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You know the drill, right? Every single game with a multiplayer component has its whole assortment of cheap tactics and exploits that players abuse in order to defeat their adversaries.
There’s a lot of stuff to complain about if we’re talking about shooting games, like campers, noob-tubers, grenade spammers, bunny hoppers, etc. But cheap tactics aren’t exclusive to a particular genre; real-time strategy games have tankers and rushers; fighting games have shield-grabbers, turtles and cookie-cutter combos; and Mario Kart games have blue shells (that stupid blue shell!)
This month’s and incoming editions of “Don’t Be That Guy” are going to address those cheap tactics and playstyles. But unlike before, I’m not just telling you to stop using them; you already know that you shouldn’t. I’m asking you to stop complaining about them!
We need to understand something: We can’t fight the cause of this problem. Cheap tactics, game glitches, and physics exploits are part of every game; they’ve always been there and they always will be, and people are going to exploit them because the goal of every game is winning, and normal, reasonable people do what it takes — within the rules of the game — in order to do so.
Rather, we’re going to focus on the effects. I’ll try to make you aware that these cheap tactics are fair and perfectly normal. I’m not saying that they’re OK. No, I’m not! It’s perfectly fine to feel bothered about them, but yelling at random strangers online or cursing in message boards is not the solution, either.
So, What’s Cheap, Anyway?
We deride as cheap any kind of winning playstyle that we don’t think is as skillful as our own—and we get stuck on that idea because the way we choose to play is the way we think the game is supposed to be played.
Let’s face it: Online multiplayer games make everything look stupid. Just look at the current shooting games of this generation; there are people jumping around, roadie-runs and, apparently, nowadays combatants can survive multiple bullet wounds, but they’d die instantly at the first sign of stabbing.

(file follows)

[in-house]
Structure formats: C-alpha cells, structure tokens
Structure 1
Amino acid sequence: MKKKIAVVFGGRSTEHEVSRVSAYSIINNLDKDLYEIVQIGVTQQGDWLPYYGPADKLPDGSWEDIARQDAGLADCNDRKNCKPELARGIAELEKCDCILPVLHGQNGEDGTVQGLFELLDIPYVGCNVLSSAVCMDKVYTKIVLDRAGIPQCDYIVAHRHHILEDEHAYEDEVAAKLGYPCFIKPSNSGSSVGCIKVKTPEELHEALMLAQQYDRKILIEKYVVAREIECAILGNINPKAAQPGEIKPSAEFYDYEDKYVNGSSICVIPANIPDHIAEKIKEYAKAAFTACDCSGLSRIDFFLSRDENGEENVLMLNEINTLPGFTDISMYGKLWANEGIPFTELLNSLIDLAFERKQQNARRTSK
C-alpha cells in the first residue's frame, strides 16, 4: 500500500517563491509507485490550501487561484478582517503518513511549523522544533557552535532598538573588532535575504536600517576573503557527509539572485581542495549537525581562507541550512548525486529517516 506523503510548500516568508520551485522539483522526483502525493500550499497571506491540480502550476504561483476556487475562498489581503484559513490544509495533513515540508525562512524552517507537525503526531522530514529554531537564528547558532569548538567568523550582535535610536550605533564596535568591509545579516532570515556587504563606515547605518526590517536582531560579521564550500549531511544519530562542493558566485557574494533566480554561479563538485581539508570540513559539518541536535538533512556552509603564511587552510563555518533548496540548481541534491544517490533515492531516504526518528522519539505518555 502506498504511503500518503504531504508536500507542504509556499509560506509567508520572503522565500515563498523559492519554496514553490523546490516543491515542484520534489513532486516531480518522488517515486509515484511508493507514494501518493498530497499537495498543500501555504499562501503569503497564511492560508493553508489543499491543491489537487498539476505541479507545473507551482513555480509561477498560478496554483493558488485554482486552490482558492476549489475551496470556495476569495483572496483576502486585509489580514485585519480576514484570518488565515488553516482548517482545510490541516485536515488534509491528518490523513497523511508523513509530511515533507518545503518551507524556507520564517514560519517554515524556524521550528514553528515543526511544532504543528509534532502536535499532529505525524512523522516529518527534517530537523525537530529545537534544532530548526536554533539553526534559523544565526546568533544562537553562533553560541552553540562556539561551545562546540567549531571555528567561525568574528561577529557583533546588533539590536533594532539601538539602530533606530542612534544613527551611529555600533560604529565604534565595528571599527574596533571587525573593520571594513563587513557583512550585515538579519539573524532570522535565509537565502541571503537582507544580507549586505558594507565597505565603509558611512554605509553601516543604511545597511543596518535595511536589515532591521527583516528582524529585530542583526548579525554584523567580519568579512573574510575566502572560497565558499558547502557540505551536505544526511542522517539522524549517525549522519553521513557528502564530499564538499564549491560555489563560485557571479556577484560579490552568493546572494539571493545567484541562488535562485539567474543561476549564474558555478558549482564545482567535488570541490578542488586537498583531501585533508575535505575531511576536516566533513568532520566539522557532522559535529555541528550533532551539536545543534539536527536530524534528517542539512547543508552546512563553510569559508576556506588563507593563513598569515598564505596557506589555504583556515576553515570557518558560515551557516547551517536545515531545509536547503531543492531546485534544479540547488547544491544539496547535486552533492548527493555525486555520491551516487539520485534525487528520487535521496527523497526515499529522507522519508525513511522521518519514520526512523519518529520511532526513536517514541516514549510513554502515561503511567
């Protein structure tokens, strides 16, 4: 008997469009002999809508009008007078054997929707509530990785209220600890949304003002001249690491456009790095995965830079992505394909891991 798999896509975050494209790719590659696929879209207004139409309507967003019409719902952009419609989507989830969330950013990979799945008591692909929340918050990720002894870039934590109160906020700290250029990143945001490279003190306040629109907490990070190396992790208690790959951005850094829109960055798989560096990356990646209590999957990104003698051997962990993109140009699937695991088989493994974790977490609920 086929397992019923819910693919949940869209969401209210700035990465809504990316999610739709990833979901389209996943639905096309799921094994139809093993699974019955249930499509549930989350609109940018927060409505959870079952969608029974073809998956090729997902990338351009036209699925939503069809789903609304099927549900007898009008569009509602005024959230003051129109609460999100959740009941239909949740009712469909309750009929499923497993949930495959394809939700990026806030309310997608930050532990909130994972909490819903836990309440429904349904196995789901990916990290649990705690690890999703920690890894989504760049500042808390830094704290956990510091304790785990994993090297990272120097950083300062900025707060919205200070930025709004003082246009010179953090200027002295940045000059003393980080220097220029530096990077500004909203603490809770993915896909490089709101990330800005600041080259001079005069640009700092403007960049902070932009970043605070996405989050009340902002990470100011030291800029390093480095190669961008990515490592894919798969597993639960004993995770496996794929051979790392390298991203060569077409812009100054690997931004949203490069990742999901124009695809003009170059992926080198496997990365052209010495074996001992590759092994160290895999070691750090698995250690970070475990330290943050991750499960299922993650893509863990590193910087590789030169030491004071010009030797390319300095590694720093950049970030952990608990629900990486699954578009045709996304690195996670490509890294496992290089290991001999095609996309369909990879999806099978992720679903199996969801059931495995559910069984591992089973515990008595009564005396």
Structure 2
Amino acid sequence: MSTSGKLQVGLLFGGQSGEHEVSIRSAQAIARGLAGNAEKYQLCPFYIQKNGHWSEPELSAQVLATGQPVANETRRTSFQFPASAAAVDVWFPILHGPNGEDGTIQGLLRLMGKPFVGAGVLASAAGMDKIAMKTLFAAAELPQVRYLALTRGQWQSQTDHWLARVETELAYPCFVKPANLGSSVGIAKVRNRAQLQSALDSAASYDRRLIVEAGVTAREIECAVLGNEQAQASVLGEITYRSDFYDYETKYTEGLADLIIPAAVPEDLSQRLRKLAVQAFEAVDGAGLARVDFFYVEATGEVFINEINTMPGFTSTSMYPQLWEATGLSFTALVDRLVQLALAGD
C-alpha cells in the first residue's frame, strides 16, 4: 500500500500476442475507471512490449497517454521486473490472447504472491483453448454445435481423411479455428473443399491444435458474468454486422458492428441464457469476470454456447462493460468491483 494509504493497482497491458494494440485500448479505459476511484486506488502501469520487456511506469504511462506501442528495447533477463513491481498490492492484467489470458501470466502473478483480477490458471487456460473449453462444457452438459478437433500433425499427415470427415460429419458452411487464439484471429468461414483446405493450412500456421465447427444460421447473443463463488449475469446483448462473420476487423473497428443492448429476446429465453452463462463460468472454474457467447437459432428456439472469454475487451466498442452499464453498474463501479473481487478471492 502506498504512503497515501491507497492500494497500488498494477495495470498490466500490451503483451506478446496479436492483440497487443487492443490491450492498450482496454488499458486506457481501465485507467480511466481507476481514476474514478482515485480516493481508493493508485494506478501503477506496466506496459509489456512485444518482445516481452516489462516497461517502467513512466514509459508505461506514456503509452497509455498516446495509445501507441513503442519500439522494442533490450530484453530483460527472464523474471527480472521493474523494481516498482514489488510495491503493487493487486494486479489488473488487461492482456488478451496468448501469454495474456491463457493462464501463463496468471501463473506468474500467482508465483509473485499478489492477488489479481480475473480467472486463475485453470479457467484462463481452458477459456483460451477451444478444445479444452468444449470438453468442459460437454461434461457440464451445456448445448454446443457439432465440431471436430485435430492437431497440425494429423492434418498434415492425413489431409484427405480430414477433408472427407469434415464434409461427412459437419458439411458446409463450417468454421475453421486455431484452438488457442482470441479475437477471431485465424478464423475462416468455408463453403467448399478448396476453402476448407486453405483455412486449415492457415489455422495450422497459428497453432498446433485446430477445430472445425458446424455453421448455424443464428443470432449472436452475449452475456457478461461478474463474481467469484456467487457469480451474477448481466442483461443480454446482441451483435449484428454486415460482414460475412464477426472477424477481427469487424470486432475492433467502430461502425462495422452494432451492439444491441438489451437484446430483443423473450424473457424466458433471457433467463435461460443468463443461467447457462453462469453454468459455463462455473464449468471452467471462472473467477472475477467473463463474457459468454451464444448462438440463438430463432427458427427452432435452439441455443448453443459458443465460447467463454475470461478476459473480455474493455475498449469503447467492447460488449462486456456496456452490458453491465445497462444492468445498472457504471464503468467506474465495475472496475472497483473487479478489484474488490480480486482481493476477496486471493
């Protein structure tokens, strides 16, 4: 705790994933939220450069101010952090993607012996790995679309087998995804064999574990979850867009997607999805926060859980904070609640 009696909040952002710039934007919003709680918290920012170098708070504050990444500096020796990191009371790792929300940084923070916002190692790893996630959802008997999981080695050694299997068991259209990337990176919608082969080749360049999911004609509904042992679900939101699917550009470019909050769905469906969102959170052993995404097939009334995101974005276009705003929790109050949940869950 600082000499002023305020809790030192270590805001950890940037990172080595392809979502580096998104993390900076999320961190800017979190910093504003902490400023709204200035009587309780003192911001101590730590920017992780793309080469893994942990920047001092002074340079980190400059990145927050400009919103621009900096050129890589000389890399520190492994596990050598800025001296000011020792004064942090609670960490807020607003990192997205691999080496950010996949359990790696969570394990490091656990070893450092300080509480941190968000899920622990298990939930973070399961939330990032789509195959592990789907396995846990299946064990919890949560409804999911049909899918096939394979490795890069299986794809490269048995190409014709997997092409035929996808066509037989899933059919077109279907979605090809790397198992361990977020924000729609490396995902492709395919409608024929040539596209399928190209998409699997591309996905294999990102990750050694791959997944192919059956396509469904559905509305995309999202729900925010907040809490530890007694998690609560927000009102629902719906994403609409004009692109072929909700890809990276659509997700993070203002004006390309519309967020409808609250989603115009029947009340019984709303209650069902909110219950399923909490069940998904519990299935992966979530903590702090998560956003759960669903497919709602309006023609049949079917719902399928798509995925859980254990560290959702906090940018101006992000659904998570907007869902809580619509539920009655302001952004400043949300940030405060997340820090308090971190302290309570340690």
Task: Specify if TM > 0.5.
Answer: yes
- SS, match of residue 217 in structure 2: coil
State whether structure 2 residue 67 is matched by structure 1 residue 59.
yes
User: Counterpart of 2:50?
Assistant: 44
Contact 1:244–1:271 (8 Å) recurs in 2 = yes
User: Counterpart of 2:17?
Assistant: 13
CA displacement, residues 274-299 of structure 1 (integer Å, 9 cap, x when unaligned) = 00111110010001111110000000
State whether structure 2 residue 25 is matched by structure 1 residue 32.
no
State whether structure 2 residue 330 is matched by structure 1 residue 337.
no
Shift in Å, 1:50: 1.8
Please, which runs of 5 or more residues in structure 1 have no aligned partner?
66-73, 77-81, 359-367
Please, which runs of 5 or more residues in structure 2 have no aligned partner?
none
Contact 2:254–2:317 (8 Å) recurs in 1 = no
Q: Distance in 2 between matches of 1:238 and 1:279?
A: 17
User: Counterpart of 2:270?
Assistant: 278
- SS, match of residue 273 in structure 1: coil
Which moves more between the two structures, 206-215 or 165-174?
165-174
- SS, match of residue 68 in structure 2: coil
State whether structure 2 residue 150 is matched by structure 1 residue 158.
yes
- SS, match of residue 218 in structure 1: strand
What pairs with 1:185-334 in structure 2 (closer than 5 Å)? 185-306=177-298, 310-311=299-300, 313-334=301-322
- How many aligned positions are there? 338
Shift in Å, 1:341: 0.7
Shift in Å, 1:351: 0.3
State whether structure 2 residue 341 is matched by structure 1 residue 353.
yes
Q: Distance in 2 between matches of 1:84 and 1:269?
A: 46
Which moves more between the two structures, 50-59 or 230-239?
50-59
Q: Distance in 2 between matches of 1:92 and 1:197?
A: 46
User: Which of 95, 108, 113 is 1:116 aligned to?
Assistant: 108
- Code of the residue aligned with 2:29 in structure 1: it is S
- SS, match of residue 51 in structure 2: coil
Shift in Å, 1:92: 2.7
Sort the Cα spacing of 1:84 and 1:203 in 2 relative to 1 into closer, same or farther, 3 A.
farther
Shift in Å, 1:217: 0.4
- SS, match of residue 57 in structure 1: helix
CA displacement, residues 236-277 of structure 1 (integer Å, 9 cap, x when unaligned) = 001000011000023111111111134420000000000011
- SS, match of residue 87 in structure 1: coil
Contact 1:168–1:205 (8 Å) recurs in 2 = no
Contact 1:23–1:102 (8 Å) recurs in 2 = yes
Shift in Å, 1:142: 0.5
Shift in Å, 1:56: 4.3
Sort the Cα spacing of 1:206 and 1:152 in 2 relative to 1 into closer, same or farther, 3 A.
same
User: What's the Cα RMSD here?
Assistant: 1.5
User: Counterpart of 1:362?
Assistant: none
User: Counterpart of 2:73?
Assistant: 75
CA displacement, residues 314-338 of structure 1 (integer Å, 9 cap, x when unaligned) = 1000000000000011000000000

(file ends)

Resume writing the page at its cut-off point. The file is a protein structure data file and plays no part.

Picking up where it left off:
That’s part of the reason we think some playstyles are cheap: because we play the “this doesn’t happen in real life” card.
Some people complain about games for being unrealistic, while others complain about games for being too realistic. There isn’t a standardized system for the sense of reality on every title; each one has its own set of rules, and you’ve got to accept them if you want to play it.
Don’t be…this guy!
But what happens when people are ruining your gaming experience by exploiting the game’s rules, physics, or glitches?
That’s easy. Just follow these simple steps:
See? You’re not obligated to like every game, and you shouldn’t play a game you’re no longer enjoying, unless you consider yourself a masochist. Seriously, there are other games out there that might deserve your attention, and one of them could have everything you’re looking for.
But what if you really like that game, but you just can’t stand that thing (or sum of things) in particular? Well, let yourself be heard! But do it properly! Don’t yell at random strangers online, don’t troll around in message boards, and don’t send death threats to any game developer. Be smart. Be polite. Talk about it with your fellow gamers; write about it in your blog, favorite forum, or social network; and provide sensible feedback to the people in charge of the game.
Good developers and publishers pay attention to what people are saying about their games. They want their next titles to be sold; they’re not going to mess around if people are no longer enjoying their product. And in this modern era, companies can also update their games to address glitches and balance issues whenever necessary.
Remember the release of Gears of War 2? What a mess!
We’ll continue with this subject in the next edition of “Don’t Be That Guy.” For now, I invite you to read Vangie Ridgaway’s “Gamer Girlfriend: Candy Corn Games.” She did an excellent and funny analogy about why you don’t have to play a game you don’t like, no matter if everyone’s telling you that you should.
First published in GameCola.net